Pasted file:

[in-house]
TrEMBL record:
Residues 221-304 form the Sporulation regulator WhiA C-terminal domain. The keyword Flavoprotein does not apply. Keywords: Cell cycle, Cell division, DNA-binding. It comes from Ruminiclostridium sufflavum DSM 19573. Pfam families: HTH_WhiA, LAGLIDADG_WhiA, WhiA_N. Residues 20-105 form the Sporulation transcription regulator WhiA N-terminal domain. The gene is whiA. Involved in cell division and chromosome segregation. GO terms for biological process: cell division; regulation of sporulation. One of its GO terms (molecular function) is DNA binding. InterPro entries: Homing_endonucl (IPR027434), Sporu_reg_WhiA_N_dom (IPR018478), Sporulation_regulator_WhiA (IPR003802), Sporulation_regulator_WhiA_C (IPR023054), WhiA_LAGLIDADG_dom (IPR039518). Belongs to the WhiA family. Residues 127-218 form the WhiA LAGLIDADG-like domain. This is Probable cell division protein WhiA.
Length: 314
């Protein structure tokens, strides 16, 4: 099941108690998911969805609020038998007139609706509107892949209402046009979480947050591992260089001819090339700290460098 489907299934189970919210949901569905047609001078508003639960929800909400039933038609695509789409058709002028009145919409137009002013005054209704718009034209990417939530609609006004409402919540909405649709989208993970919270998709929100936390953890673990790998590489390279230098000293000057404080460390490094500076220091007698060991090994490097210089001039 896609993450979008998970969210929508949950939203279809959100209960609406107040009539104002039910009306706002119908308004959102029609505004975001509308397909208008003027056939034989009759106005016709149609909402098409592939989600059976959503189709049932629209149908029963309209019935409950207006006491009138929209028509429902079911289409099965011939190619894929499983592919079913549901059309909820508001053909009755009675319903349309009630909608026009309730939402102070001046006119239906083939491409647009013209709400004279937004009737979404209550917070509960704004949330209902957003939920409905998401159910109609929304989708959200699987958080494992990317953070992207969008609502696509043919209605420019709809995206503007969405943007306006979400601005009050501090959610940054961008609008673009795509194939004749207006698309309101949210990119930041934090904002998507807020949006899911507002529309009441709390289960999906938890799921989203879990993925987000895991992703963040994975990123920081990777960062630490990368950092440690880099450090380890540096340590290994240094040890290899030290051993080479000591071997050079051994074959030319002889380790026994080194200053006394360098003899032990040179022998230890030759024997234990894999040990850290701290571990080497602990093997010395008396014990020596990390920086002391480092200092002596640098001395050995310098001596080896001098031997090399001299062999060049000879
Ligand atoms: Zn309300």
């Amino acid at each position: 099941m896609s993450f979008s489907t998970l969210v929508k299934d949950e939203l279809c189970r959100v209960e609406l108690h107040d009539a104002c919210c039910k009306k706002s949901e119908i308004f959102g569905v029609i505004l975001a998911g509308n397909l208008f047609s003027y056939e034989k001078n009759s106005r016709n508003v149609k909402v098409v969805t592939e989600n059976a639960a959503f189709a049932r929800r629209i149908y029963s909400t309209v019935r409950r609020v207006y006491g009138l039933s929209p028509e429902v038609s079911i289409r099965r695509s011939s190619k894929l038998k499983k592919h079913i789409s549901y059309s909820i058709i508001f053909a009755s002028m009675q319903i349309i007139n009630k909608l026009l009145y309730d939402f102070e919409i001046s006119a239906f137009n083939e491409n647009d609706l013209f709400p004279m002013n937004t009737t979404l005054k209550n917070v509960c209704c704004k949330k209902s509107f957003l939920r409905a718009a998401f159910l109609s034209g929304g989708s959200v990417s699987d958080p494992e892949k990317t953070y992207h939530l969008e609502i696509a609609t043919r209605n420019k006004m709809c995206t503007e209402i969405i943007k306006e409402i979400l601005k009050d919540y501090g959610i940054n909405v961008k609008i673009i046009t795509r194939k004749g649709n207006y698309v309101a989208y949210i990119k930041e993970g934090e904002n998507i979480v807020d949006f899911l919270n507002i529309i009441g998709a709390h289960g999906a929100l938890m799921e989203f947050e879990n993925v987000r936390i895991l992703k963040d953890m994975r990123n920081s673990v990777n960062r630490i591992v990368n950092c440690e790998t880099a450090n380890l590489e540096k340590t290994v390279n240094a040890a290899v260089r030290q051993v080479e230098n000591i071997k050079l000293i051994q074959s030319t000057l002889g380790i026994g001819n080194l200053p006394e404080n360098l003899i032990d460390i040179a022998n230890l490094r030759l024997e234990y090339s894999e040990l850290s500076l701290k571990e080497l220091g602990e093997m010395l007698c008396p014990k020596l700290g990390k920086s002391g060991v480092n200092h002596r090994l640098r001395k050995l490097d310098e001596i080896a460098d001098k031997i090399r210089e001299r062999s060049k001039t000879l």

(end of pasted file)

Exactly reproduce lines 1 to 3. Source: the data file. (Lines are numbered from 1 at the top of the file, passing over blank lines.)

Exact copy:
[in-house]
TrEMBL record:
Residues 221-304 form the Sporulation regulator WhiA C-terminal domain. The keyword Flavoprotein does not apply. Keywords: Cell cycle, Cell division, DNA-binding. It comes from Ruminiclostridium sufflavum DSM 19573. Pfam families: HTH_WhiA, LAGLIDADG_WhiA, WhiA_N. Residues 20-105 form the Sporulation transcription regulator WhiA N-terminal domain. The gene is whiA. Involved in cell division and chromosome segregation. GO terms for biological process: cell division; regulation of sporulation. One of its GO terms (molecular function) is DNA binding. InterPro entries: Homing_endonucl (IPR027434), Sporu_reg_WhiA_N_dom (IPR018478), Sporulation_regulator_WhiA (IPR003802), Sporulation_regulator_WhiA_C (IPR023054), WhiA_LAGLIDADG_dom (IPR039518). Belongs to the WhiA family. Residues 127-218 form the WhiA LAGLIDADG-like domain. This is Probable cell division protein WhiA.